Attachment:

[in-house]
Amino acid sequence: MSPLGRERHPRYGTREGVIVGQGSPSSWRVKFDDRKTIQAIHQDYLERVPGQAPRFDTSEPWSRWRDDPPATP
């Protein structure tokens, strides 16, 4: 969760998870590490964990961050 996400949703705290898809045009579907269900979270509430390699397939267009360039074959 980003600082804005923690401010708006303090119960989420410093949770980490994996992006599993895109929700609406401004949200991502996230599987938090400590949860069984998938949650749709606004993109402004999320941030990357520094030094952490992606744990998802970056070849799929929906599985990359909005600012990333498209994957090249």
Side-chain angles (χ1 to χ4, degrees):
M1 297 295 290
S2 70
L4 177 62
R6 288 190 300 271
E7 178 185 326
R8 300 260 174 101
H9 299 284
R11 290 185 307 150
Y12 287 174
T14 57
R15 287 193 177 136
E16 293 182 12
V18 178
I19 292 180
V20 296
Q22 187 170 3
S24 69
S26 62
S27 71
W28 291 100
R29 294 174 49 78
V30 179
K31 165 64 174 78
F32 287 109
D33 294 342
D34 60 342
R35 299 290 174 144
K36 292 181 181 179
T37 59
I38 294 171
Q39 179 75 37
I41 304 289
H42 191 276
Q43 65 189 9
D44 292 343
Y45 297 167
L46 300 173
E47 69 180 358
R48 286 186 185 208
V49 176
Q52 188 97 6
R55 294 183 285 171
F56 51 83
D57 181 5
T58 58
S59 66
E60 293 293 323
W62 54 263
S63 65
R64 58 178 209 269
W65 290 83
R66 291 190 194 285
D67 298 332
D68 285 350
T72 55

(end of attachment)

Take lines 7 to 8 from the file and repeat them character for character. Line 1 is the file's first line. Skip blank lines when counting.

L4 177 62
R6 288 190 300 271